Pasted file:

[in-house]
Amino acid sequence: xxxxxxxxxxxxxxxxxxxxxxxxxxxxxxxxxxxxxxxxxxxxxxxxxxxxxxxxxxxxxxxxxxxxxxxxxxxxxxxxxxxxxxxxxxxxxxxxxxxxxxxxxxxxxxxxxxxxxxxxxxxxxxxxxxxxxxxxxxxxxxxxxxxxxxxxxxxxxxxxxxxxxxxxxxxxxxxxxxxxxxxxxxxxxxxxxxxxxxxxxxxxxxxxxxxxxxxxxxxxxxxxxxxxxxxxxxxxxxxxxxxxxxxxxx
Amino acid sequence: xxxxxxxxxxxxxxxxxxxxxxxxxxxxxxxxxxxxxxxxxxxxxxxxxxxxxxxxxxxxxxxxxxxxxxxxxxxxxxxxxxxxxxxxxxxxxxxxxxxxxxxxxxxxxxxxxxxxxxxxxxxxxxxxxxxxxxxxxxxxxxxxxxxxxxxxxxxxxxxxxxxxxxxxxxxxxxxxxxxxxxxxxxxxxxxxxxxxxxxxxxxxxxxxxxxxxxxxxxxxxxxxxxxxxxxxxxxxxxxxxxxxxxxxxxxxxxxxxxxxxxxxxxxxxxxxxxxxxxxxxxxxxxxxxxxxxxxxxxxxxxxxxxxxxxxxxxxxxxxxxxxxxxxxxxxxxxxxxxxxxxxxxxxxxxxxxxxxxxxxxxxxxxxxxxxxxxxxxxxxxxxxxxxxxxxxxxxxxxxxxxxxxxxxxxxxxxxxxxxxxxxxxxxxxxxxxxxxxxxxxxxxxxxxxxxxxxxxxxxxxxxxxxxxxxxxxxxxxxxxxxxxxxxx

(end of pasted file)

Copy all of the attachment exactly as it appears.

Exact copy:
[in-house]
Amino acid sequence: xxxxxxxxxxxxxxxxxxxxxxxxxxxxxxxxxxxxxxxxxxxxxxxxxxxxxxxxxxxxxxxxxxxxxxxxxxxxxxxxxxxxxxxxxxxxxxxxxxxxxxxxxxxxxxxxxxxxxxxxxxxxxxxxxxxxxxxxxxxxxxxxxxxxxxxxxxxxxxxxxxxxxxxxxxxxxxxxxxxxxxxxxxxxxxxxxxxxxxxxxxxxxxxxxxxxxxxxxxxxxxxxxxxxxxxxxxxxxxxxxxxxxxxxxx
Amino acid sequence: xxxxxxxxxxxxxxxxxxxxxxxxxxxxxxxxxxxxxxxxxxxxxxxxxxxxxxxxxxxxxxxxxxxxxxxxxxxxxxxxxxxxxxxxxxxxxxxxxxxxxxxxxxxxxxxxxxxxxxxxxxxxxxxxxxxxxxxxxxxxxxxxxxxxxxxxxxxxxxxxxxxxxxxxxxxxxxxxxxxxxxxxxxxxxxxxxxxxxxxxxxxxxxxxxxxxxxxxxxxxxxxxxxxxxxxxxxxxxxxxxxxxxxxxxxxxxxxxxxxxxxxxxxxxxxxxxxxxxxxxxxxxxxxxxxxxxxxxxxxxxxxxxxxxxxxxxxxxxxxxxxxxxxxxxxxxxxxxxxxxxxxxxxxxxxxxxxxxxxxxxxxxxxxxxxxxxxxxxxxxxxxxxxxxxxxxxxxxxxxxxxxxxxxxxxxxxxxxxxxxxxxxxxxxxxxxxxxxxxxxxxxxxxxxxxxxxxxxxxxxxxxxxxxxxxxxxxxxxxxxxxxxxxxx